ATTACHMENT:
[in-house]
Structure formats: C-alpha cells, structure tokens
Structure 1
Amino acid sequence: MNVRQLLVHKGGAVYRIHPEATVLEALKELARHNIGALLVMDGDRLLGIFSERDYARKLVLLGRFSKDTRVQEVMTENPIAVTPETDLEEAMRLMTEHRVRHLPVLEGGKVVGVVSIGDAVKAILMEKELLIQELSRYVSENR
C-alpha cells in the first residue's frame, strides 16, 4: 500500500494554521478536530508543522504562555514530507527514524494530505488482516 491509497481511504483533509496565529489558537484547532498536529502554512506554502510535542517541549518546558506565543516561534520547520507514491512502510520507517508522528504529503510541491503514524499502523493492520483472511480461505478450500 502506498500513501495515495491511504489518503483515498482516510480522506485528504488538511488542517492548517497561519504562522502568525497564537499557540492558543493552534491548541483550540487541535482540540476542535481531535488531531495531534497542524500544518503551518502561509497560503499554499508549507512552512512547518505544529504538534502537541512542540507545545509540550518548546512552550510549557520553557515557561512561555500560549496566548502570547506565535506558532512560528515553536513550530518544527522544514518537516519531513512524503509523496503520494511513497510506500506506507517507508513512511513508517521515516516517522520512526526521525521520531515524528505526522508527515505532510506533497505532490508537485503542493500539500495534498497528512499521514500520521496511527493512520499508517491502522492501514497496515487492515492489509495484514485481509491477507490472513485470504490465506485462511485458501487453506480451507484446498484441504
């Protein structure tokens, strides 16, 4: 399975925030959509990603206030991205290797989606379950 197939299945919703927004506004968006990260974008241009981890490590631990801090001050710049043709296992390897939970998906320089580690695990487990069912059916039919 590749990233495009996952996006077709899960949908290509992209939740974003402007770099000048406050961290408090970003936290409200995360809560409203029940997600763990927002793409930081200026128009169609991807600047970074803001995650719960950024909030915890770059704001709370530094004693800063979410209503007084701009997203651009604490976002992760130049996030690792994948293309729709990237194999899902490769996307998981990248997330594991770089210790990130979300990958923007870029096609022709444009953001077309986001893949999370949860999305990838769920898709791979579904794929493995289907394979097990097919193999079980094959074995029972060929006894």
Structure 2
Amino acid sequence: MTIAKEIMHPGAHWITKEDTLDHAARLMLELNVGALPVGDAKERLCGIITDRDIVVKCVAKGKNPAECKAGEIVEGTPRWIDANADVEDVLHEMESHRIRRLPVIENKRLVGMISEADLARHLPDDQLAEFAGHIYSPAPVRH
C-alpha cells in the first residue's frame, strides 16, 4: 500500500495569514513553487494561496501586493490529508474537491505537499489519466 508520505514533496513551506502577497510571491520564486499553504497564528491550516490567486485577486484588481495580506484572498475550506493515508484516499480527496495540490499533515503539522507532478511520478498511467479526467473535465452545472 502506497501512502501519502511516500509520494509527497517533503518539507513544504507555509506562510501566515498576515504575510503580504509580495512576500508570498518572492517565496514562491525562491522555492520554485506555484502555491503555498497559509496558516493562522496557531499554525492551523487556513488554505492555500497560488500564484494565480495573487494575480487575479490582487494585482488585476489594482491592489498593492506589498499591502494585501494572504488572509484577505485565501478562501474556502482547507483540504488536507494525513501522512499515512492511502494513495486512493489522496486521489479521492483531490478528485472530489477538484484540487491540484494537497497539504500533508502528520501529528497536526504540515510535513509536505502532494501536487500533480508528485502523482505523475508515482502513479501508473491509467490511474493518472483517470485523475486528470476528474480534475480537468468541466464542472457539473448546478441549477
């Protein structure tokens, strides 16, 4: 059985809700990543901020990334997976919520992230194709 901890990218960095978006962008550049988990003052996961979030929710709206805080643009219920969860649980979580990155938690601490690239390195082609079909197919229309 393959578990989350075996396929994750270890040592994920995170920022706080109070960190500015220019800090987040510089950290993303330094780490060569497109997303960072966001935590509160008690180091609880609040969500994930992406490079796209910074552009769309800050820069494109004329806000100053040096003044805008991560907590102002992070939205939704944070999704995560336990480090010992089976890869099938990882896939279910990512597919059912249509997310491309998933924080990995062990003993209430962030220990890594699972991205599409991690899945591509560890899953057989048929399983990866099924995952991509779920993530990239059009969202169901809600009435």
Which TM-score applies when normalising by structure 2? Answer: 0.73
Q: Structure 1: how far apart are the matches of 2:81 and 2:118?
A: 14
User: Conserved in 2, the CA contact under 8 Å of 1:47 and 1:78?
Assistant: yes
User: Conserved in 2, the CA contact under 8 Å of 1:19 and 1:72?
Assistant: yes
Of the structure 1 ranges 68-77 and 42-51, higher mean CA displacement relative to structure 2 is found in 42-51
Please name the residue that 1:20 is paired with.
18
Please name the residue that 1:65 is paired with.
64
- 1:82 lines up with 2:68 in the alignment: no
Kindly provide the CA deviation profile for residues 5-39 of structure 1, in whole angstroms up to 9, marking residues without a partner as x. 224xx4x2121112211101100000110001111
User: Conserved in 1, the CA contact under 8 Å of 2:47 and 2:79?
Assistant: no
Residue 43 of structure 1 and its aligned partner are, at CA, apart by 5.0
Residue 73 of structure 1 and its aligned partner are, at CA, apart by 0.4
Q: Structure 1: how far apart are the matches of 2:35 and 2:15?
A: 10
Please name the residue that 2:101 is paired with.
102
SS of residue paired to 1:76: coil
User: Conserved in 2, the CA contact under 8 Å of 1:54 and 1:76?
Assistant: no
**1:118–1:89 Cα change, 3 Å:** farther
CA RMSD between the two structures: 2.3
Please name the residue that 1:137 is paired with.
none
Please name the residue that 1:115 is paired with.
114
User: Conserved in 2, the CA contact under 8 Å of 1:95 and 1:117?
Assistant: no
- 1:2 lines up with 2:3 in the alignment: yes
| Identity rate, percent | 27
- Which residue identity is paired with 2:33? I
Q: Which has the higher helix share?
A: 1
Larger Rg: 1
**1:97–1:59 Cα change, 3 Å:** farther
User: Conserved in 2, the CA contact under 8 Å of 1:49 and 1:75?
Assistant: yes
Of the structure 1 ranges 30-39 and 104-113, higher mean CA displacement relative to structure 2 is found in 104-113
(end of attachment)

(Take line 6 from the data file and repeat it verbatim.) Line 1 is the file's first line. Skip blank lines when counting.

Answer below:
């Protein structure tokens, strides 16, 4: 399975925030959509990603206030991205290797989606379950 197939299945919703927004506004968006990260974008241009981890490590631990801090001050710049043709296992390897939970998906320089580690695990487990069912059916039919 590749990233495009996952996006077709899960949908290509992209939740974003402007770099000048406050961290408090970003936290409200995360809560409203029940997600763990927002793409930081200026128009169609991807600047970074803001995650719960950024909030915890770059704001709370530094004693800063979410209503007084701009997203651009604490976002992760130049996030690792994948293309729709990237194999899902490769996307998981990248997330594991770089210790990130979300990958923007870029096609022709444009953001077309986001893949999370949860999305990838769920898709791979579904794929493995289907394979097990097919193999079980094959074995029972060929006894």